IT Frameworks: Fundamental issues in Nigeria

Now for most people, this is a touchy subject, not IT frameworks though, people generally feel touchy about fundamental issues in Nigeria, not because they do not exist, but because there are so many that one can literally close one’s eyes and point and actually touch an issue. This however is neither social nor political. This is a professional opinion and no offense is intended or meant with this post.

Now disclaimer aside, what do I mean?

IT Frameworks are most times seen as the sky to which all organizations must reach, while in reality they are a foundation on which strong IT institutions should be built.

There are some issues with how these frameworks are perceived and received. From being a proverbial silver bullet to deep aversions to change, here is my top 5 list of reasons why there are issues implementing and maintaining IT frameworks in Nigeria.

  1. The need to meet federal or international requirements: Many organizations implement IT frameworks as a bid to meet requirements, not just as a business need. Confusing? Let’s put it this way; an organization will go out to try and implement the PCI DSS and ISO27001 frameworks because they want a MasterCard certification, not because they have clearly identified that there are process and procedural flaws within the organization. The result? Organizations have loads of documentations containing process, procedures, standards and guidelines written by consultants which are never opened again because one is required to just have these documents as opposed to using them (I really do not know because this still baffles me). Companies barely pass audits and I say barely because documents are most times ‘manipulated‘ to ensure that these audits are passed. Which leads me to No. 2…
  2. Successful Implementation is the goal: At first glance, this is a good thing right? Well based on PMP and PRINCE2 standards, this is a wonderful thing, but then there’s the one bit that most IT Frameworks preach which are wholeheartedly ignored most times, Continuous Improvement. You see many organizations in this part of the world see these frameworks as the ceiling, the highest goal they can attain when in reality, these frameworks are designed as the floor or the foundation on which implementation should stand. The end result is most times shocking as there is no clear plan or strategy for maintenance.
  3. Resistance to changewhile a lot of people like to be told what to do, a lot do not appreciate being told how to do it, especially when they have been doing the same things for a while. It doesn’t help that the implementation of these frameworks are usually shoved down from the top as a brilliant idea, without a direct link to the overall strategy of the organization which means that stakeholders usually do not buy into the idea. It may not seem like a problem now, but then, seeing that feedback is key to improvement, you can imagine how much of a pain it will be when you have zero feedback to a process.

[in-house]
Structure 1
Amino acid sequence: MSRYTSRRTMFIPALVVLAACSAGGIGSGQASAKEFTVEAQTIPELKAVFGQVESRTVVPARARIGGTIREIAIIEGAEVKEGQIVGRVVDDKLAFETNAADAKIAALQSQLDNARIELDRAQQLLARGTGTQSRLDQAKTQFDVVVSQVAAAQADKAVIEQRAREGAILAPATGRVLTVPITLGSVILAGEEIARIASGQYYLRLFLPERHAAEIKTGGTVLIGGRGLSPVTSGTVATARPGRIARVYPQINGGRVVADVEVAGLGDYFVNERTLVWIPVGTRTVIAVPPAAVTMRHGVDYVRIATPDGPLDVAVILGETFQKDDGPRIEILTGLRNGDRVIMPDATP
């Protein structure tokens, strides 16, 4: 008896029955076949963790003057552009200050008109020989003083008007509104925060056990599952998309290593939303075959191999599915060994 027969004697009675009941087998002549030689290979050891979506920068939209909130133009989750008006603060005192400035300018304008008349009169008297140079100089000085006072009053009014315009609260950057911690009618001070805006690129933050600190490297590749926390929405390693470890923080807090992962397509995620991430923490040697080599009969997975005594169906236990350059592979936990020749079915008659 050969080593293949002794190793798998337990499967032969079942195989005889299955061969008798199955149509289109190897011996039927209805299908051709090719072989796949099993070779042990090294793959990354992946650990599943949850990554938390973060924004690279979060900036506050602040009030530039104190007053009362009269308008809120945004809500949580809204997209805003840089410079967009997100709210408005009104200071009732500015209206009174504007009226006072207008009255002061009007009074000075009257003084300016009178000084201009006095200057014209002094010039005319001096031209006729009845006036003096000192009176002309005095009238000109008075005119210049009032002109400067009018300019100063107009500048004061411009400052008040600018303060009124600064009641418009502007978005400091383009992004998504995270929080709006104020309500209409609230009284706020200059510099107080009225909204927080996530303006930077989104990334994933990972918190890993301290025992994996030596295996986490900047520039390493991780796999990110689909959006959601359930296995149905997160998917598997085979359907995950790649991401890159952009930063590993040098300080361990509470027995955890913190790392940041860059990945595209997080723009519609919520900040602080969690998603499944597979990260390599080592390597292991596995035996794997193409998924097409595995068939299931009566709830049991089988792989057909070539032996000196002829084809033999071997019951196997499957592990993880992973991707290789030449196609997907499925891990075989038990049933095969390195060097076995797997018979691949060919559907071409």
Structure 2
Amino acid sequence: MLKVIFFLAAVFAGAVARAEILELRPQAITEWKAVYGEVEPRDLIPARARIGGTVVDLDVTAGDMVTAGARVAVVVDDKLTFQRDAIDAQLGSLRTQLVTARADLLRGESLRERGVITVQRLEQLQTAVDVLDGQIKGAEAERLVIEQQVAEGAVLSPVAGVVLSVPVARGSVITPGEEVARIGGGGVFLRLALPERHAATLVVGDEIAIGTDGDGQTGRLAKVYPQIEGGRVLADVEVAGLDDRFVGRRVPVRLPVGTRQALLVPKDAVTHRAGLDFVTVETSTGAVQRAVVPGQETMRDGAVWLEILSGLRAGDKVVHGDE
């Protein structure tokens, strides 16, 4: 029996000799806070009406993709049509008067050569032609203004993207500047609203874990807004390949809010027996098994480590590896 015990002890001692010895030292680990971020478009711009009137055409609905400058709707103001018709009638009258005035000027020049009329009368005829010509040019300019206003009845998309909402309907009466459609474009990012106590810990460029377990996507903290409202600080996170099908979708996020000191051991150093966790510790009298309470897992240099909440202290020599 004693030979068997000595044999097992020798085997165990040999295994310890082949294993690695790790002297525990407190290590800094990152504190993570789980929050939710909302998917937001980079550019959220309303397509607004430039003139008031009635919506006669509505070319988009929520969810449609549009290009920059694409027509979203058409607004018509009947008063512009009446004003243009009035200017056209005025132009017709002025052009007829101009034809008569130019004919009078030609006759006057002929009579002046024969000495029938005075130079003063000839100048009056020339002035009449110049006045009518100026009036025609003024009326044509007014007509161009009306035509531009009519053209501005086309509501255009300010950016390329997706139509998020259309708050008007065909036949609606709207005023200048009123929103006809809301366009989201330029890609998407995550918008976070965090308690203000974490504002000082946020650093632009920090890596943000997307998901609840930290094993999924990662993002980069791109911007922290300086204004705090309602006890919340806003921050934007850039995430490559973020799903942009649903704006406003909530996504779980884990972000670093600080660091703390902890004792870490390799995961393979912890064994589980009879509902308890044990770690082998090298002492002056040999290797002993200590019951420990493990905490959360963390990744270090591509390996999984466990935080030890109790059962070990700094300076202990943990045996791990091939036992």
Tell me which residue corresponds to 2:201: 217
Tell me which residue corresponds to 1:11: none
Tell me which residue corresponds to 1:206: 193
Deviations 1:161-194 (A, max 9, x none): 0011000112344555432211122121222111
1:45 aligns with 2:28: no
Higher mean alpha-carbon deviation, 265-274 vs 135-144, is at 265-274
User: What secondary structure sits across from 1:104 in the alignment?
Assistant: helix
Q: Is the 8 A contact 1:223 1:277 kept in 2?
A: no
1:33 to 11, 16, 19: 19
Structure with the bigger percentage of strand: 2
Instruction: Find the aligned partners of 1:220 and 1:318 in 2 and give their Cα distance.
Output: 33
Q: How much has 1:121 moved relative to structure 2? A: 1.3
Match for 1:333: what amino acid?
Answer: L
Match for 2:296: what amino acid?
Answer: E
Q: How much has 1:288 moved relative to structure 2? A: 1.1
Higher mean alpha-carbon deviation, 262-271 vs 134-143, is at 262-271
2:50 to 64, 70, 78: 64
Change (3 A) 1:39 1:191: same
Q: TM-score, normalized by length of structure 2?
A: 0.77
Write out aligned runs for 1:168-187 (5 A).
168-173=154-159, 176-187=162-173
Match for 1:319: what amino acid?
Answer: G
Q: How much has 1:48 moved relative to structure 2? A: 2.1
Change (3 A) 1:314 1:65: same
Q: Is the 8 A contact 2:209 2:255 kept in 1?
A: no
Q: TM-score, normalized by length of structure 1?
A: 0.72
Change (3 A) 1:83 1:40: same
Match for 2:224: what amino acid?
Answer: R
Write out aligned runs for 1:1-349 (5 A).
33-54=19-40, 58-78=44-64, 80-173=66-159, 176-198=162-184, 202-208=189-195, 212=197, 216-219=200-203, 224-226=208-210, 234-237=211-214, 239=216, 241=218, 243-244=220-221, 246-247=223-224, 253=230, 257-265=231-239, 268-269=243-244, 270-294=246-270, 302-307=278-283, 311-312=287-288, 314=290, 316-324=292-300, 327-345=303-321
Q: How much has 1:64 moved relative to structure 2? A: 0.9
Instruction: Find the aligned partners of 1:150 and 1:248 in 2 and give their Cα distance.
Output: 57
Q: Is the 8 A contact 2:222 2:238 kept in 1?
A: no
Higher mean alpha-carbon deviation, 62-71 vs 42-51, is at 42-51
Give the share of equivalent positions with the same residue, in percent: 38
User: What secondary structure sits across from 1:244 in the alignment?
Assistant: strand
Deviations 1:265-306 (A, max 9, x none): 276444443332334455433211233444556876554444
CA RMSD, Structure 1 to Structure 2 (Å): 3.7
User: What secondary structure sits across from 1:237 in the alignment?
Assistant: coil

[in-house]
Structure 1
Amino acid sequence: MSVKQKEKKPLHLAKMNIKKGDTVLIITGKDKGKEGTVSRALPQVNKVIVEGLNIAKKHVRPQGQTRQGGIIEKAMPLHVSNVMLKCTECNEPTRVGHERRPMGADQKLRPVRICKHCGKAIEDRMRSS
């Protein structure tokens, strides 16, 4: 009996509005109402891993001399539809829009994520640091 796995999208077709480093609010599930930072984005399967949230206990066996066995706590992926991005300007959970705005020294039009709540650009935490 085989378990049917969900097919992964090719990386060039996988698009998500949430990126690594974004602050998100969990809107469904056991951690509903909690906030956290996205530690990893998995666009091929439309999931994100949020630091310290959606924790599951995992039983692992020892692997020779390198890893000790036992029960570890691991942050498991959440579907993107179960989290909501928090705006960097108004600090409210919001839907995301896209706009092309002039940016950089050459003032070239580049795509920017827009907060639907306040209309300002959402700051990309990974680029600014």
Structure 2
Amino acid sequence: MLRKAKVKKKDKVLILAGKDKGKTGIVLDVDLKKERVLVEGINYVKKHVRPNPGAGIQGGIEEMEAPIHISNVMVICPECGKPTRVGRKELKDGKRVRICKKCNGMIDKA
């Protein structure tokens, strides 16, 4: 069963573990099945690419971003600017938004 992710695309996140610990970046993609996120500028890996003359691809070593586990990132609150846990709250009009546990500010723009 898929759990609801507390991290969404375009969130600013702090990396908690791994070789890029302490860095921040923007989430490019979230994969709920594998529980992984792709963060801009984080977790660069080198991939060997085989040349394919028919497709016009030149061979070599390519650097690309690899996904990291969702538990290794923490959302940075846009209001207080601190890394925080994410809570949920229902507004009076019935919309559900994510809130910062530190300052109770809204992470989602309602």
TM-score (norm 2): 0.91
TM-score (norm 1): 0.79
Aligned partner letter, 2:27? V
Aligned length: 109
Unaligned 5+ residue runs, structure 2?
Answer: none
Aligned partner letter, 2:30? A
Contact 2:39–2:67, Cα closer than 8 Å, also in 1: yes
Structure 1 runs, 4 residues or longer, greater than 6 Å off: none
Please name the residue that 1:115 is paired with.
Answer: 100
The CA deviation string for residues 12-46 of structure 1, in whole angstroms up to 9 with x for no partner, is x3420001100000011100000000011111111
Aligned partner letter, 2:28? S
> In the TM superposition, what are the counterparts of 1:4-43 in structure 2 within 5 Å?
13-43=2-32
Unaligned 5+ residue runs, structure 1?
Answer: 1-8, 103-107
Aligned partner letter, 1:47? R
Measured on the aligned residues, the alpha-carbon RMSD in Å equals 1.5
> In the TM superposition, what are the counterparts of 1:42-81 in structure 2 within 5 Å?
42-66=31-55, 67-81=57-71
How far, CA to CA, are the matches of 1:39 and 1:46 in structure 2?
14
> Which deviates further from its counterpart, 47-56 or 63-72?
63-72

4. If it isn’t broken, don’t fix itwithout clear IT strategy linked to clear business objectives, KPI’s (performance indexes) and CSF’s (success factors) cannot be clearly identified, meaning that a whole lot of organizations by and large manage to make money or be successful without a clear identifier of how daily activities impact on profit/loss of an organization. People just work daily and the money comes, so if money is coming, why change? Most activities are adhoc and where there is a system, it is barely documented. Meaning the fate of an organization could lie on the know-how of a couple of people in different offices. You can imagine what happens when these people leave.

Fifth and not the least is this. Frameworks; from ITIL to COBIT and all IT Governance frameworks to the ISO27001, PCI-DSS and the other security frameworks are exactly what they were built for. As guides to achieving proper implementation if IT services. Now one thing all these frameworks have in common is an IT Strategy which is most times linked to the business objectives of many organizations. Right?

Just ask around the next time you are in any organization how IT supports the business objectives of the organization and see what the response is. Even better, try and ask for a fully functional asset register.

Try not to smile while at it.

The solution?

Three things lie at the foundation of most if not all IT frameworks;

  1. The overall business objectives
  2. The IT strategy
  3. A dynamic, fully functional asset register

If something is wrong in the building, look to the foundations.

NB: While this post aims to be generic, most of what has been stated above is gotten from real experiences from a whole range of sectors in the Nigerian IT industry.
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